On September 27, 2021, just a week after the 5 day public comment period closed, the California Department of Cannabis Control released its final emergency regulations. The minor changes the Department made in response to the comments all but ignored the extensive thoughtful public health comments Getting it Right from the Start submitted, with the exception of requiring branded merchandise to be subject to the criteria of not be attractive to children. Even making the weak warning labels big enough to actually see (as opposed to the current 6 point size) or restoration of age verification on delivery do not appear.
In short, California’s cannabis regulators continue to ignore public health best practices and by further weakening state rules.
As a well-done Nova documentary The Cannabis Question that first aired on September 29, 2021 reported, there are unquestionably medical uses of cannabis that need to be better defined, but there are many dangerous aspects of cannaboids, especially for developing brains.
The hope has been that California would create a regulated market that would carefully balance these factors. That’s not happening.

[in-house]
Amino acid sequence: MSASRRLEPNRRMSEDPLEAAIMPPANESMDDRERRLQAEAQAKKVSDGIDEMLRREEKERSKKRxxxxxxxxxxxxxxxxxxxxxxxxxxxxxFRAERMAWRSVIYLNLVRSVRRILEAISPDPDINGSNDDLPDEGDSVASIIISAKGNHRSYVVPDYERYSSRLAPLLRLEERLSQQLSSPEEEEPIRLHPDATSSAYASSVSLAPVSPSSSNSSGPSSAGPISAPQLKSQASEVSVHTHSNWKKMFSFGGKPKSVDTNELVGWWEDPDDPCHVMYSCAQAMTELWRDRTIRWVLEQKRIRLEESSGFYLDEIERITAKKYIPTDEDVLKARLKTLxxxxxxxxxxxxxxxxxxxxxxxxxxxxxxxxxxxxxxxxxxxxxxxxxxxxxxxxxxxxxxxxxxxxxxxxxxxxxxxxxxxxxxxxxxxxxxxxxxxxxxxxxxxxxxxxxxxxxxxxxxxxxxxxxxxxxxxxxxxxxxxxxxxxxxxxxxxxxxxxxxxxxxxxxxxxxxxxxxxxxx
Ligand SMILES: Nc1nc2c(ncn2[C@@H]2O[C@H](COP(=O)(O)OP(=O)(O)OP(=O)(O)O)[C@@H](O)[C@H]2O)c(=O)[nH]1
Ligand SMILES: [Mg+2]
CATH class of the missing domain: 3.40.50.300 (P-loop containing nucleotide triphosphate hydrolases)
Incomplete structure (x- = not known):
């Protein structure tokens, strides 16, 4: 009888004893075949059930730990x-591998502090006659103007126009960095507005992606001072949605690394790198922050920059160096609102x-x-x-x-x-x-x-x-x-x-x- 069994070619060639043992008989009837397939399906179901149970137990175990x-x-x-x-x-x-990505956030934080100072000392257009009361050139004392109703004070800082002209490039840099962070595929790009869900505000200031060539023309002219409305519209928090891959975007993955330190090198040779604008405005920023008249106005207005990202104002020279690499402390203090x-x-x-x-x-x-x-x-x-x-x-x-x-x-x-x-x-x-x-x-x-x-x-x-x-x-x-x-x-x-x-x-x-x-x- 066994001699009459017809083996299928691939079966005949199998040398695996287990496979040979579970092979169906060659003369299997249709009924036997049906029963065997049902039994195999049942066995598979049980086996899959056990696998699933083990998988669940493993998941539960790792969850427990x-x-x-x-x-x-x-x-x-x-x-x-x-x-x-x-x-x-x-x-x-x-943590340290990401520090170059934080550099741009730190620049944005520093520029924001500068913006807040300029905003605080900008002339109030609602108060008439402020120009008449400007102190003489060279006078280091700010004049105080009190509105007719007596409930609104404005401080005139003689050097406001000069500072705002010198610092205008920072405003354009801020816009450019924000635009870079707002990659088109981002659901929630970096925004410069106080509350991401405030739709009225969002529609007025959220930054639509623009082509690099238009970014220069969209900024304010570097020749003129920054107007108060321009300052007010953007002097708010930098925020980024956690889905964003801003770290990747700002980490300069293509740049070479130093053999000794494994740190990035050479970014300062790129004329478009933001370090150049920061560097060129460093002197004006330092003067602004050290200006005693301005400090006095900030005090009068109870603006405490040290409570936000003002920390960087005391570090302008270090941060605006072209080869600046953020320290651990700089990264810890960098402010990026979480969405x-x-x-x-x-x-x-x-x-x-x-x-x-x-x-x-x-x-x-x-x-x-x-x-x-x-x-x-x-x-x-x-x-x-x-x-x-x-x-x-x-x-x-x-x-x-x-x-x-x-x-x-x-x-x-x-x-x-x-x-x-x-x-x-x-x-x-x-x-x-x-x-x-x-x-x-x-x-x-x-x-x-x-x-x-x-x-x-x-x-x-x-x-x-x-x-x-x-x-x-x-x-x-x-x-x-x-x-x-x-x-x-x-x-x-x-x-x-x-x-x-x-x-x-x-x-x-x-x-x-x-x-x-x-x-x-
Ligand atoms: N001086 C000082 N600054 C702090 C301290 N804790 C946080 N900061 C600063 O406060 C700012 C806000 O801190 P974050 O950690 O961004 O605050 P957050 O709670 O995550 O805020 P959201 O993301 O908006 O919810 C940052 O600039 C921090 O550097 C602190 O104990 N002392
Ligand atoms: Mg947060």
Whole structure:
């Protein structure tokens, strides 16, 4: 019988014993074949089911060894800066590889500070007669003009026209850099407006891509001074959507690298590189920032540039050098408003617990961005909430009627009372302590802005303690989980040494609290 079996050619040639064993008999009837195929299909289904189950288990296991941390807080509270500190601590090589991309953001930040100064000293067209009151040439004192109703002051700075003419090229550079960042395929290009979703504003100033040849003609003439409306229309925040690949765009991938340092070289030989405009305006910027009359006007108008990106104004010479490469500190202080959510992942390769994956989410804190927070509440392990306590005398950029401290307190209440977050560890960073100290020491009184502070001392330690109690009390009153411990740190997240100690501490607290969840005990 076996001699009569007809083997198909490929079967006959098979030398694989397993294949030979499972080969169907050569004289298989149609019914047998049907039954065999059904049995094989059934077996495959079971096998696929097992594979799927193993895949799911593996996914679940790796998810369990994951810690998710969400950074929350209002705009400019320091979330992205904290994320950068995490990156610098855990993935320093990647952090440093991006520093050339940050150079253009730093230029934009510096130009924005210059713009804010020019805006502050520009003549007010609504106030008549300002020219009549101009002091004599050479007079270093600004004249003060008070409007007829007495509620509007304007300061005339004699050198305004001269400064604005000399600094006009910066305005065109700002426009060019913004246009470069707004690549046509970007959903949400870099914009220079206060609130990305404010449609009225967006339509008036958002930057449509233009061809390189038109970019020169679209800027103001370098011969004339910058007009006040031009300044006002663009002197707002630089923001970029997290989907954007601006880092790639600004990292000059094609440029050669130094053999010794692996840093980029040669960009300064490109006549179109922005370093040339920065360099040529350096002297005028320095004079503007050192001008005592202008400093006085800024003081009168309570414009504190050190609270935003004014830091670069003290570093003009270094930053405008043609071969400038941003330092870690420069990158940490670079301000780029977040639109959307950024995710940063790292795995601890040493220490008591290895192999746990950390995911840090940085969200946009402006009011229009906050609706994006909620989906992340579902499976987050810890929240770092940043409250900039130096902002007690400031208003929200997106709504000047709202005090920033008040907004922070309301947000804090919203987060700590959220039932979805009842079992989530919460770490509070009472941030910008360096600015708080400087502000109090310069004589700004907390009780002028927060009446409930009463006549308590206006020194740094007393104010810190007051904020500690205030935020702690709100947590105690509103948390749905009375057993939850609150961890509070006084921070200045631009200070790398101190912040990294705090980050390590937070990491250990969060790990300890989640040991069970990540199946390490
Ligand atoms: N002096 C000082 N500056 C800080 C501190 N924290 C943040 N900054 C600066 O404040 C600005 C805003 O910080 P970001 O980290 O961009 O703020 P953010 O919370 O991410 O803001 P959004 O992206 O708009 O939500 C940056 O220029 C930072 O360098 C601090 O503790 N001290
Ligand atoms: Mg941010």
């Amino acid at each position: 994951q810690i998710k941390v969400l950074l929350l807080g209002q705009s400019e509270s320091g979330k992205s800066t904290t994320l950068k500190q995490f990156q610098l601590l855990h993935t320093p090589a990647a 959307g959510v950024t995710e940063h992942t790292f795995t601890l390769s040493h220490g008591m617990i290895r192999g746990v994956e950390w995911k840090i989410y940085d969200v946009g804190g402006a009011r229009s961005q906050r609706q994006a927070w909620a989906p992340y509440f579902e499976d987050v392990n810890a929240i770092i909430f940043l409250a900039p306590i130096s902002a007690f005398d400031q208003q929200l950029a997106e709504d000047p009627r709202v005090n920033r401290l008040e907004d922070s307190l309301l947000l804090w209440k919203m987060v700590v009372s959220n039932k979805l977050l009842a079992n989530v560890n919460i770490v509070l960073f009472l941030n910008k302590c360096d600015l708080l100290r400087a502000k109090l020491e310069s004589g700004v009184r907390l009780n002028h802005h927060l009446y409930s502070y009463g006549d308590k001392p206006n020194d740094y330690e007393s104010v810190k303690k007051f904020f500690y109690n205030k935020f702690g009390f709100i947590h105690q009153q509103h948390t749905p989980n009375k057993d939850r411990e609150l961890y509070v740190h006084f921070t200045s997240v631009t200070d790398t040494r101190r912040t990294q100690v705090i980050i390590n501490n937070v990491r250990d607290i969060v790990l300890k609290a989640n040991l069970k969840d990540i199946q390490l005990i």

Instead, state government is barrelling ahead with unquestioning and unrestrained promotion. This permissive environment is made to order for Big Tobacco. As Timothy Dewhirst said in his paper “‘Beyond nicotine’ marketing strategies: Big Tobacco diversification into vaping and cannabis product sectors,” “While tobacco industry denomalization is regarded as an effective tobacco control intervention, tobacco companies are counteracting such measures and seeking to improve their corporate reputation by becoming associated with more legitimized and socially acceptable products.”
As Dewhirst reports, Big Tobacco is already getting into cannabis in Canada, something that have been thinking about since the 1970s. The high levels of cannabis use among youth combined with the dual gateway effects between nicotine and tobacco makes cannabis promotion a double win for Big Tobacco.
This also has implications for California’s tobacco control program. Tobacco industry denormalization has been a central pillar of the California Tobacco Control Program since it was launched in 1990. As Dewhirst noted, Big Tobacco’s entry into the cannabis market could not only make them a lot of money, but “improve their corporate reputation by becoming associated with more legitimized and socially acceptable products.”
The long-term question is: Who will clean up the mess the Department of Cannabis Control is creating now when the costs finally become obvious?